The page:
A Treatise Concerning the Principles of Human Knowledge (Google eBook)

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Open Court Publishing Company, 1904 - Idealism - 128 pages
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Review: A Treatise Concerning the Principles of Human Knowledge

User Review  - Rlotz - Goodreads

George Berkeley was an English philosopher in the empiricist school. In this short treatise, he put forward many of his most influential ideas, including his critique of intellectual abstraction, and ... Read full review

Review: A Treatise Concerning the Principles of Human Knowledge

User Review  - Lotz - Goodreads

George Berkeley was an English philosopher in the empiricist school. In this short treatise, he put forward many of his most influential ideas, including his critique of intellectual abstraction, and ... Read full review

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Page v - So much understanding, so much knowledge, so much innocence, and such humility, I did not think had been the portion of any but angels, till I saw this gentleman...
Page 30 - And as several of these are observed to accompany each other, they come to be marked by one name, and so to be reputed as one thing. Thus, for example, a certain colour, taste, smell, figure and consistence, having been observed to go together, are accounted one distinct thing, signified by the name "apple.
Page 15 - For example, does it not require some pains and skill to form the general idea of a triangle (which is yet none of v the most abstract, comprehensive, and difficult) ; for it must be neither oblique nor rectangle, neither equilateral, equicrural, nor scalenon, but all and none of these at once?
Page 29 - It is evident to any one who takes a survey of the objects of [human knowledge, that they are either ideas actually imprinted on the senses ; or else such as are perceived by attending to the passions and operations of the mind ; or lastly, ideas formed by help of memory and imagination either compounding, dividing, or barely representing those originally perceived in the aforesaid ways.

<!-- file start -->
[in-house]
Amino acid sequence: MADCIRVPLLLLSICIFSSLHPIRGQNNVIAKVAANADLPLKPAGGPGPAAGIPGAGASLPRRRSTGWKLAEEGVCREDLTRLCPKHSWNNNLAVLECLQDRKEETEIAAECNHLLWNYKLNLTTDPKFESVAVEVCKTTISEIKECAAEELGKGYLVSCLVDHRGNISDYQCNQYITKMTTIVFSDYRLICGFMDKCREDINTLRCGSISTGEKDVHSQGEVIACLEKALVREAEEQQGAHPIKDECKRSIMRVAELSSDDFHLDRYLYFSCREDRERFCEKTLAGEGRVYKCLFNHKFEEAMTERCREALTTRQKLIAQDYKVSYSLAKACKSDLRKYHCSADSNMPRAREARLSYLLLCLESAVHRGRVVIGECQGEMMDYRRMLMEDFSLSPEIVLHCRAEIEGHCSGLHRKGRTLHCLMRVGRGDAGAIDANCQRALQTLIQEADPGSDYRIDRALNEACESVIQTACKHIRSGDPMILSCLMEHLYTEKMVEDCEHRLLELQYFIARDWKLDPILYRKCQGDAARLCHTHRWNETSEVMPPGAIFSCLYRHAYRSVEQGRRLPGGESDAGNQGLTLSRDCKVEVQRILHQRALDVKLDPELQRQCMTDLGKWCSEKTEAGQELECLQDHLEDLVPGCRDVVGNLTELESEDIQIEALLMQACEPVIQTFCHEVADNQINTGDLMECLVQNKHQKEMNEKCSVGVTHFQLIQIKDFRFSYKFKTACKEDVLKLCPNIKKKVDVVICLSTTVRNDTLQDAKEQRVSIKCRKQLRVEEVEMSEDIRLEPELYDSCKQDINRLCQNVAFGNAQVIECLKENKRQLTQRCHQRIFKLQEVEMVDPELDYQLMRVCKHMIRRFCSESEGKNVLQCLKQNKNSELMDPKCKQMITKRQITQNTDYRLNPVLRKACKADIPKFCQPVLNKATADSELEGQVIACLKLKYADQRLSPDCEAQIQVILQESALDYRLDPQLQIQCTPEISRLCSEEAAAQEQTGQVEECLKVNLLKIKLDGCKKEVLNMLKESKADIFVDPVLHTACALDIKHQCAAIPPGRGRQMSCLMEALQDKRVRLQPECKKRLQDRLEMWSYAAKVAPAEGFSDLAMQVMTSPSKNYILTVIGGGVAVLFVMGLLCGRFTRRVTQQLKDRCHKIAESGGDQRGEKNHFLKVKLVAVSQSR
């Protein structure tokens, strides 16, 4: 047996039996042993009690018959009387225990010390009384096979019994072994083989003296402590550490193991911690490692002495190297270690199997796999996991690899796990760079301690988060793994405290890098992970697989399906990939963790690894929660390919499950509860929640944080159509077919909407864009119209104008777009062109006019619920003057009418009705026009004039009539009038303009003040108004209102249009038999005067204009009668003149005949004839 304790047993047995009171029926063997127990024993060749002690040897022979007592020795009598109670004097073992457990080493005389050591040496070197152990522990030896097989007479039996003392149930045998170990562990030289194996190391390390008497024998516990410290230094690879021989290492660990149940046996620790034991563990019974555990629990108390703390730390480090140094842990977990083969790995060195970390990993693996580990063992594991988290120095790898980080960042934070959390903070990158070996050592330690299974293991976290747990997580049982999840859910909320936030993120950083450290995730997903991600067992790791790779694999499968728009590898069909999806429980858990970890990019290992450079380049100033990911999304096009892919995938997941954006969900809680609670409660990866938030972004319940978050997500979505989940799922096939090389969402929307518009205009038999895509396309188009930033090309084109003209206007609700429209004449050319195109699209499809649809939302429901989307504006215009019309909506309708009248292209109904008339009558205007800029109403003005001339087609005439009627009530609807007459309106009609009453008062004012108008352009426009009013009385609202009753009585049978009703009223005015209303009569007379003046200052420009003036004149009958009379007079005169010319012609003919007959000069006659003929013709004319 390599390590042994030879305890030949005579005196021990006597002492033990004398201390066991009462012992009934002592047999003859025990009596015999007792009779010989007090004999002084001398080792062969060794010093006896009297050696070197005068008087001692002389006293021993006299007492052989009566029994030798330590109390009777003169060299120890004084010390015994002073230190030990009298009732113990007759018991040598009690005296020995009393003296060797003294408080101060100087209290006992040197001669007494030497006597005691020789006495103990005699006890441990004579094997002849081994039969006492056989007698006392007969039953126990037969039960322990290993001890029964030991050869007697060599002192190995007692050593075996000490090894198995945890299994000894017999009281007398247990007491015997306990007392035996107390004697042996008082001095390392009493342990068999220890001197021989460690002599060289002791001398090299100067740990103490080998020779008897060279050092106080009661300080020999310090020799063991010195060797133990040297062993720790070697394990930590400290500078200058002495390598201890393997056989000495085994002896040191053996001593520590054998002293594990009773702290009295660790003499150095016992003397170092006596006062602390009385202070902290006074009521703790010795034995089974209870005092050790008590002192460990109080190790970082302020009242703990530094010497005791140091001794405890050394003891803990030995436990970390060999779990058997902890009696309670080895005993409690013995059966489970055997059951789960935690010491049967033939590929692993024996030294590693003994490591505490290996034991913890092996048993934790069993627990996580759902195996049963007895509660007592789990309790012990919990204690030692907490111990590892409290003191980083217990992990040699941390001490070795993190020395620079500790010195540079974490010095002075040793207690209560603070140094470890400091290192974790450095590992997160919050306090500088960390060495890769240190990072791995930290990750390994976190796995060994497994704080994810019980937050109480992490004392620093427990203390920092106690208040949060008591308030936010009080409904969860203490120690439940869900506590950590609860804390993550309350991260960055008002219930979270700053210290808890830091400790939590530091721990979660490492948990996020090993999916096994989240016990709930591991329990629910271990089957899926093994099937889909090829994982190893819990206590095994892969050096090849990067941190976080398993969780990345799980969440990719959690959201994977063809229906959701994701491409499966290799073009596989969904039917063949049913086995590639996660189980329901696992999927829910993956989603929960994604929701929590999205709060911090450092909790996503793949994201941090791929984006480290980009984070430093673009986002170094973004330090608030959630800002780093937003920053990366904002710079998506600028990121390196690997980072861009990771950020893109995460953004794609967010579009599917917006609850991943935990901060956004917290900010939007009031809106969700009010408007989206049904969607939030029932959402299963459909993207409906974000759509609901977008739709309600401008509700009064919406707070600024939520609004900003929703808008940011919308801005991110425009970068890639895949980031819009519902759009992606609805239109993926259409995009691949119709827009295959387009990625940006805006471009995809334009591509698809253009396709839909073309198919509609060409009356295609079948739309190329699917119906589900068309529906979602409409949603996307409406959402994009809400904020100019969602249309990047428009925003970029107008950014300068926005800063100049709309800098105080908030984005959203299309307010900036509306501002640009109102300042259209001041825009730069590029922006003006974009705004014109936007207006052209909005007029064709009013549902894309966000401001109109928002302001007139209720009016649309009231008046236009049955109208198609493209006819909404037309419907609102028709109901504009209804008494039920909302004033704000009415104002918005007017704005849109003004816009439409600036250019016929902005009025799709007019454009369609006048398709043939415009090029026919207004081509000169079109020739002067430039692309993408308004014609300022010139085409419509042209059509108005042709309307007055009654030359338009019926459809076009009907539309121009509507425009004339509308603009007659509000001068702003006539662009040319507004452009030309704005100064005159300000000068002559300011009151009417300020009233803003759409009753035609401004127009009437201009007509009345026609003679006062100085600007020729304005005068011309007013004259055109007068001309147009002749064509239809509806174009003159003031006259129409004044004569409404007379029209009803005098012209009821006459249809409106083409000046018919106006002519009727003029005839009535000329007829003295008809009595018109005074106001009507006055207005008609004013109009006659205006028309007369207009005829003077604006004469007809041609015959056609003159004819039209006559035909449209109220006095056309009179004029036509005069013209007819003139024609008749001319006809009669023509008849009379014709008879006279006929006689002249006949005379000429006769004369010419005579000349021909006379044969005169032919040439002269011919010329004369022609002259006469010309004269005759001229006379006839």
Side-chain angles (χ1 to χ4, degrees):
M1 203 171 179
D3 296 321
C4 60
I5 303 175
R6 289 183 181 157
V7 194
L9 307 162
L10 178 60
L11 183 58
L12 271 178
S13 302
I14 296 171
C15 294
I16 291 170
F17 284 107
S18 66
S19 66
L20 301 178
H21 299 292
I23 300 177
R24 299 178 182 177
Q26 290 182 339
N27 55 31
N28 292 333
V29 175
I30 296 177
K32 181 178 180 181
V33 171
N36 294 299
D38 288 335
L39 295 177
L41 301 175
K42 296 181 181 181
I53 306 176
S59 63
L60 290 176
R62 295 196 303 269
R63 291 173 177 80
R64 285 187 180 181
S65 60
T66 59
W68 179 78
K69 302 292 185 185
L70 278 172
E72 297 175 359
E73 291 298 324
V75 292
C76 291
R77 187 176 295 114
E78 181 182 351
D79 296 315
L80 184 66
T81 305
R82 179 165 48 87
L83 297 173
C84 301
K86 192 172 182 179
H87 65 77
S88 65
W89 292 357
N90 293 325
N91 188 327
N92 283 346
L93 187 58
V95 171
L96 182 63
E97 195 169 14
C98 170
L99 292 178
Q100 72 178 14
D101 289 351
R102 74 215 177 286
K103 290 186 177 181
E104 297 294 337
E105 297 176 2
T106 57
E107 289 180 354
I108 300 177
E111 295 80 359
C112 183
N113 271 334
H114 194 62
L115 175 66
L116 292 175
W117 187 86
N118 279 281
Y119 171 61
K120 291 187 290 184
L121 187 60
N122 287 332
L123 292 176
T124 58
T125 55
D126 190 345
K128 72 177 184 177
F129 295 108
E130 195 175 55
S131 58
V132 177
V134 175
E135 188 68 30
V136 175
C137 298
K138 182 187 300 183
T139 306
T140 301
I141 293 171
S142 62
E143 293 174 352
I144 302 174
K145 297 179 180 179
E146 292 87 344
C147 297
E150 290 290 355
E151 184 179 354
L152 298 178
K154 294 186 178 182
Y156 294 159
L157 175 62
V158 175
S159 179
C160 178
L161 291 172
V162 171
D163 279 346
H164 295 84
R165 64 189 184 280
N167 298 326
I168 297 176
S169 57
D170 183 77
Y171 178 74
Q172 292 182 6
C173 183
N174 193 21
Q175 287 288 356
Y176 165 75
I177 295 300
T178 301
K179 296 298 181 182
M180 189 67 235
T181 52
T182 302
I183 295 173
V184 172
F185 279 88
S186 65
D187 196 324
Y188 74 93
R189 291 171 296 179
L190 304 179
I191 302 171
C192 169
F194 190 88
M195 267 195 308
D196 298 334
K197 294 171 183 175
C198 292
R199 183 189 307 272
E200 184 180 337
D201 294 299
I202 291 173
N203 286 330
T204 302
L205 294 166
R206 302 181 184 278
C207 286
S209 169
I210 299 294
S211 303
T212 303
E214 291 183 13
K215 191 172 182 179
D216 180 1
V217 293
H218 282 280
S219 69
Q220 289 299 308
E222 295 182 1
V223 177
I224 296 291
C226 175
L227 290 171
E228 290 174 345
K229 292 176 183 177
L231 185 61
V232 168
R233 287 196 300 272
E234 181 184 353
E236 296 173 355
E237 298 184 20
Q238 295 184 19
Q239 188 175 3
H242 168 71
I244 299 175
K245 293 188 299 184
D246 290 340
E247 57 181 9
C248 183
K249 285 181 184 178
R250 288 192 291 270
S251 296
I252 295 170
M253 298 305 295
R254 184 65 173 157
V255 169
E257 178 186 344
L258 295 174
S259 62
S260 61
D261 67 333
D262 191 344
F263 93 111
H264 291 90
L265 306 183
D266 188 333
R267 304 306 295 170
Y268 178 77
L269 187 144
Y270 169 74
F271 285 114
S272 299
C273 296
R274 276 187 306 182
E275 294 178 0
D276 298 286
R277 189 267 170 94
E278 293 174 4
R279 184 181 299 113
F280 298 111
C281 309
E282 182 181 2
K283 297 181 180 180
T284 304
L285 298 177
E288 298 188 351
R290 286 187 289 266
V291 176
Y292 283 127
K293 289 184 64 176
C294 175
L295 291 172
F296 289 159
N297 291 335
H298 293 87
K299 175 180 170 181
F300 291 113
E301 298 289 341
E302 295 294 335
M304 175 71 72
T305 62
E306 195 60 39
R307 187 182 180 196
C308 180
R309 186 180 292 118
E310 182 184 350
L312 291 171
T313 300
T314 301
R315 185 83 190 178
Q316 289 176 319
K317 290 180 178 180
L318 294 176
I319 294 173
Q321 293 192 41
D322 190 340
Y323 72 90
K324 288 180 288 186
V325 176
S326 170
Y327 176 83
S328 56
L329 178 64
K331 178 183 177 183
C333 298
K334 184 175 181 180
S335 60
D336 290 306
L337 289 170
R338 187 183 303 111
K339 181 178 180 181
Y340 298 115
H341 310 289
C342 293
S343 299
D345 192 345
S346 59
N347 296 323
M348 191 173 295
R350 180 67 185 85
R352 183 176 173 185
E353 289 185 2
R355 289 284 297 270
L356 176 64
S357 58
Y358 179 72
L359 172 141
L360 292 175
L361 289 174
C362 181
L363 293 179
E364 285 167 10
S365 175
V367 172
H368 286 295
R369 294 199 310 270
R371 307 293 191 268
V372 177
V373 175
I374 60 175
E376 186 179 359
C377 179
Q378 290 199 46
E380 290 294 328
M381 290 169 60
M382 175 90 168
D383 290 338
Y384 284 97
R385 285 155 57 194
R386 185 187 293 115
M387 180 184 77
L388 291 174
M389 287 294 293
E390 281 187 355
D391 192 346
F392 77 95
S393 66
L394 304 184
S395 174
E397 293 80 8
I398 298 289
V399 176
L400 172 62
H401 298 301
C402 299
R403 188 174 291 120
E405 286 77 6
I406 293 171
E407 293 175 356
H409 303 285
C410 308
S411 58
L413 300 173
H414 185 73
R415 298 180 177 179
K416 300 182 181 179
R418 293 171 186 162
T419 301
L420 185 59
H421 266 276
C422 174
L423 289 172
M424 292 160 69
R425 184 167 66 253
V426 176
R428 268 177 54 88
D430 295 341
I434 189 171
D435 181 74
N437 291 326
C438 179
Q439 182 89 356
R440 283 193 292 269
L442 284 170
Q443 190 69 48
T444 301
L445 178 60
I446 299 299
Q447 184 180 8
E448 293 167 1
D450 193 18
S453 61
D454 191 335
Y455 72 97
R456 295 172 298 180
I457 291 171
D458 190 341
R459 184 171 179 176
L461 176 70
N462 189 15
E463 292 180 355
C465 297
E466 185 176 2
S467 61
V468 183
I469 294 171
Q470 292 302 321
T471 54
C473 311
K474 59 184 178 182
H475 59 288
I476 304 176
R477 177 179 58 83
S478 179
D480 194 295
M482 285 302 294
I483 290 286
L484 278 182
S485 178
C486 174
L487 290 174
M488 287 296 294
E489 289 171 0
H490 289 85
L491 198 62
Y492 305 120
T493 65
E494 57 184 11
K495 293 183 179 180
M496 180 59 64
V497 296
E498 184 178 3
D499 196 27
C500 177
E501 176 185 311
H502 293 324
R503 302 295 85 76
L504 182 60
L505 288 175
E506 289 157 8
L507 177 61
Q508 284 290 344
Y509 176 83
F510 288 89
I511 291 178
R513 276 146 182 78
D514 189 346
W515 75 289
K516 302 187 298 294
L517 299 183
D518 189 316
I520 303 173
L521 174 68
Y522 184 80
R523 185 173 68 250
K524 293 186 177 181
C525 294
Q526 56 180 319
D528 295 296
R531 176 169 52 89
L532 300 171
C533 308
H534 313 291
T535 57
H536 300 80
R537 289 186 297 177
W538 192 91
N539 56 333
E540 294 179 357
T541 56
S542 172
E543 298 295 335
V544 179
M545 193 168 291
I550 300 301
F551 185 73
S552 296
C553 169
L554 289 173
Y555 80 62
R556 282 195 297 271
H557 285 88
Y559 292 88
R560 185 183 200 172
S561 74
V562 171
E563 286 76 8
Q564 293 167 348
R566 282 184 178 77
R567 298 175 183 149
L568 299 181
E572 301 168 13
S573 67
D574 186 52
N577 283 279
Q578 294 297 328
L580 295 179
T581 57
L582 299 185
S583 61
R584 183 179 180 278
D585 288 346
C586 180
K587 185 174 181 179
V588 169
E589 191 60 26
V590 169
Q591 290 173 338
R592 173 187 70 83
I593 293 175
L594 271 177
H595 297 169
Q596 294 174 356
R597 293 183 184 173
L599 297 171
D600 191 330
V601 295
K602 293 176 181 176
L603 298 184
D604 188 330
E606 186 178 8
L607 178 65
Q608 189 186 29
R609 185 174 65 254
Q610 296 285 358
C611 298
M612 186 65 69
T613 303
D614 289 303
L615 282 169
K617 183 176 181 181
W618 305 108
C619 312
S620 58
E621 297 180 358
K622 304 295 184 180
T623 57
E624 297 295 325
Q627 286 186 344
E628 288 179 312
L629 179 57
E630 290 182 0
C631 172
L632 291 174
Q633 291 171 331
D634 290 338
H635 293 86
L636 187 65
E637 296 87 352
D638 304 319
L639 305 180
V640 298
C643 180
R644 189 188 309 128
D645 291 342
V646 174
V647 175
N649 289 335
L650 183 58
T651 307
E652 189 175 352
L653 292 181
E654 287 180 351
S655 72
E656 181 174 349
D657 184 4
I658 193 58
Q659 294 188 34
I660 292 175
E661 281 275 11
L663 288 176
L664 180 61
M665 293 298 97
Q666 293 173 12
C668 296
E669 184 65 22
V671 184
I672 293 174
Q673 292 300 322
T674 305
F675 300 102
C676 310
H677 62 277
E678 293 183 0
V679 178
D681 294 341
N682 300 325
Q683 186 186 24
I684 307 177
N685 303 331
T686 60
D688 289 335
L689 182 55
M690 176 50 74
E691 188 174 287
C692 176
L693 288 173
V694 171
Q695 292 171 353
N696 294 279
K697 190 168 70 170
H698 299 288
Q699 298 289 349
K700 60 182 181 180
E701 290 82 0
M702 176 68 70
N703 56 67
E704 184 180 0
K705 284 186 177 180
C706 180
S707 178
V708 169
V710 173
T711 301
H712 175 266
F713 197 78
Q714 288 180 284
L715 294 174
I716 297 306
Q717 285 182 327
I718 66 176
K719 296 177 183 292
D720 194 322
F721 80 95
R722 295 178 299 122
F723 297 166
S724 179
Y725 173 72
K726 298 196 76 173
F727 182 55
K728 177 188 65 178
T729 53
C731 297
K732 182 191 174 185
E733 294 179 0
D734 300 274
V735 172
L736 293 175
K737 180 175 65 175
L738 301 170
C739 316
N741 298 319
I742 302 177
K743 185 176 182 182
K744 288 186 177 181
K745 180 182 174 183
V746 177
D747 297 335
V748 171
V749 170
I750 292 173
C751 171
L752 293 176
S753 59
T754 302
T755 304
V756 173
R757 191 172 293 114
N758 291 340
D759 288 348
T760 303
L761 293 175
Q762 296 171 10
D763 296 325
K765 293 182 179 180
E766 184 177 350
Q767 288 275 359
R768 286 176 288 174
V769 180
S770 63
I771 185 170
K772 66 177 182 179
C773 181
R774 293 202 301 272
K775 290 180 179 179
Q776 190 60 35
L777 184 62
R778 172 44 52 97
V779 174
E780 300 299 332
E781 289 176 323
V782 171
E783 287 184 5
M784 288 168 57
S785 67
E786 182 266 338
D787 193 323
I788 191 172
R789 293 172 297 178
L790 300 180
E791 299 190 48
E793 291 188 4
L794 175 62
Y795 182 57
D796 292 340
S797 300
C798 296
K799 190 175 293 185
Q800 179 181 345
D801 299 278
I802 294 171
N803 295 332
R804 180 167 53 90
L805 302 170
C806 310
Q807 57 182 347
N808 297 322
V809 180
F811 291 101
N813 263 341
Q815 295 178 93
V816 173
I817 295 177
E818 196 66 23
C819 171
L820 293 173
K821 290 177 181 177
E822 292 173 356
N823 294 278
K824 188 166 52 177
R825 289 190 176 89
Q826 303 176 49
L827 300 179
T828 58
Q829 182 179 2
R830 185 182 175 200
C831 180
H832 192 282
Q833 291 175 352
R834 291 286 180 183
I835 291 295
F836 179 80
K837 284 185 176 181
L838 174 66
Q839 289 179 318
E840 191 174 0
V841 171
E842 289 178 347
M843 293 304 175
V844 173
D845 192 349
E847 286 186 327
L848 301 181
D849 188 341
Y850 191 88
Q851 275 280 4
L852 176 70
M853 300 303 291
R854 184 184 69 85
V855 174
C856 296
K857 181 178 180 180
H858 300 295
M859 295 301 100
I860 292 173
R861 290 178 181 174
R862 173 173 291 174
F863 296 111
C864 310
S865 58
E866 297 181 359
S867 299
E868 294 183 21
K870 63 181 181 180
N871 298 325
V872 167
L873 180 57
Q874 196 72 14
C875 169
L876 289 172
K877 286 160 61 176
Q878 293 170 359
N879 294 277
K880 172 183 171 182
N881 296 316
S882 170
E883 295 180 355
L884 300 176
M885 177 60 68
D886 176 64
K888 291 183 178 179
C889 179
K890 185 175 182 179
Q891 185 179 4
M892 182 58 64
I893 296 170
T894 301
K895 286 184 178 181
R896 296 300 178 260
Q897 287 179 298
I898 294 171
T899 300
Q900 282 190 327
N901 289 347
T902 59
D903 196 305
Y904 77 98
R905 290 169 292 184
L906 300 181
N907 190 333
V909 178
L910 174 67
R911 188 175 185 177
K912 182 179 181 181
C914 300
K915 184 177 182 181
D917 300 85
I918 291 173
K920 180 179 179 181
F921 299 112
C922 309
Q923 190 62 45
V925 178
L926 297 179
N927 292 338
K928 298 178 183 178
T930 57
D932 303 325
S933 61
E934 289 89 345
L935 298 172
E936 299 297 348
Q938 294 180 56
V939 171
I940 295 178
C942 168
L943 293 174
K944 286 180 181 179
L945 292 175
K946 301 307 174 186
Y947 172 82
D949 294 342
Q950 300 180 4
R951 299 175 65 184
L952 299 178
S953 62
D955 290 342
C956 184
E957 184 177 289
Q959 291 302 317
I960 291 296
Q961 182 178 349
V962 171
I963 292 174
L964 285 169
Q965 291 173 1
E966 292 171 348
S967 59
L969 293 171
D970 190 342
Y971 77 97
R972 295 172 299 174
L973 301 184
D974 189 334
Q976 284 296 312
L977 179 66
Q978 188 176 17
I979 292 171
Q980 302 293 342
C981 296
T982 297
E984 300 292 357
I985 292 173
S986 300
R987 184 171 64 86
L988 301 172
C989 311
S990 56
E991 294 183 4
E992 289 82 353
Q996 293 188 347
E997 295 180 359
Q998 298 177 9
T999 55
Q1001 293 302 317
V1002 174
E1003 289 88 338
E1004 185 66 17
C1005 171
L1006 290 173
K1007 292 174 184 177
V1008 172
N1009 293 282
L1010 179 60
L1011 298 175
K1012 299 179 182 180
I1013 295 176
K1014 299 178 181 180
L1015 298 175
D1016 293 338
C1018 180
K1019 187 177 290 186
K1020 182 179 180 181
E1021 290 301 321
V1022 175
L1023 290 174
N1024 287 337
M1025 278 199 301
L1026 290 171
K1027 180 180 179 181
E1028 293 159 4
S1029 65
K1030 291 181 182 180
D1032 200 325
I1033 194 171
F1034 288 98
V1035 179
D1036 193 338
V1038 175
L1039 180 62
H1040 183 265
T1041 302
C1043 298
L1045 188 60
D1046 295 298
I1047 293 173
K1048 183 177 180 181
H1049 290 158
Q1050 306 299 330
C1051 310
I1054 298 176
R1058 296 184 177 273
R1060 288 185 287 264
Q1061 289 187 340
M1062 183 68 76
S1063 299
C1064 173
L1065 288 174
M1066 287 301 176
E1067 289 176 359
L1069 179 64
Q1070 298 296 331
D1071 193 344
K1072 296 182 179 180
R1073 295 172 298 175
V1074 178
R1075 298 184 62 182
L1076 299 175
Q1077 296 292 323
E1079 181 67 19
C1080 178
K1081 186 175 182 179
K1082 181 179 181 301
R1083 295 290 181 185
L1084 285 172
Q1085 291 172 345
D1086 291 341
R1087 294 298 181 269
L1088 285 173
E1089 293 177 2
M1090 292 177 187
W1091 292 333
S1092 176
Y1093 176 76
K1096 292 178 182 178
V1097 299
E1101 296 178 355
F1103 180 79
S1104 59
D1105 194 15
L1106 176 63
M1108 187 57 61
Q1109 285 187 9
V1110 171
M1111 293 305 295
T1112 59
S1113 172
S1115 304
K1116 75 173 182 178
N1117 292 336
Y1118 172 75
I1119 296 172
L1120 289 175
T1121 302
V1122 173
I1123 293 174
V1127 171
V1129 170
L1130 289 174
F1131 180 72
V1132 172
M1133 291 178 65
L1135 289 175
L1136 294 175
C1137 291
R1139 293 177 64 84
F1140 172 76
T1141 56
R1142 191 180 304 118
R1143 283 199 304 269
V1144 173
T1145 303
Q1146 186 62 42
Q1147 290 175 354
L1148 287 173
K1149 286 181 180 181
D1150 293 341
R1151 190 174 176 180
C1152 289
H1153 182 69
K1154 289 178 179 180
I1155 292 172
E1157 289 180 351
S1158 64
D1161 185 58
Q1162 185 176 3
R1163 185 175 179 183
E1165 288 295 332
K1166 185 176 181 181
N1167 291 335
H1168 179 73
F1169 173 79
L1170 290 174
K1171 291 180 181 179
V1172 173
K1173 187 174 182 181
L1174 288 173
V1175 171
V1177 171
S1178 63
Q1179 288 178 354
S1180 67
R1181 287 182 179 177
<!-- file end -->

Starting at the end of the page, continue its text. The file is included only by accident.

Page 31 - For what are the forementioned objects but the things we perceive by sense, and what do we perceive besides our own ideas or sensations; and is it not plainly repugnant that any one of these or any combination of them should exist unperceived?
Page 118 - We may not I think strictly be said to have an idea of an active being, or of an action, although we may be said to have a notion of them.
Page 12 - I may be positive in, that the power of abstracting is not at all in them ; and that the having of general ideas, is that which puts a perfect distinction betwixt man and brutes, and is an excellency which the faculties of brutes do by no means attain to. For it is evident we observe no footsteps in them, of making use of general signs for universal ideas ; from which we have reason to imagine, that they have not the faculty of abstracting, or making general ideas, since they have no use of words,...
Page 21 - It is one thing for to keep a name constantly to the same definition, and another to make it stand everywhere for the same idea ' : the one is necessary, the other useless and impracticable.
Page 115 - spirit" we mean only that which thinks, wills, and perceives; this, and this alone, constitutes the signification of that term.
Page 123 - Ye who turn judgment to wormwood, and leave off righteousness in the earth, seek him that maketh the seven stars and Orion, and turneth the shadow of death into the morning, and maketh the day dark with night: that calleth for the waters of the sea, and poureth them out upon the face of the earth: The Lord is his name: that strengtheneth the spoiled against the strong, so that the spoiled shall come against the fortress.

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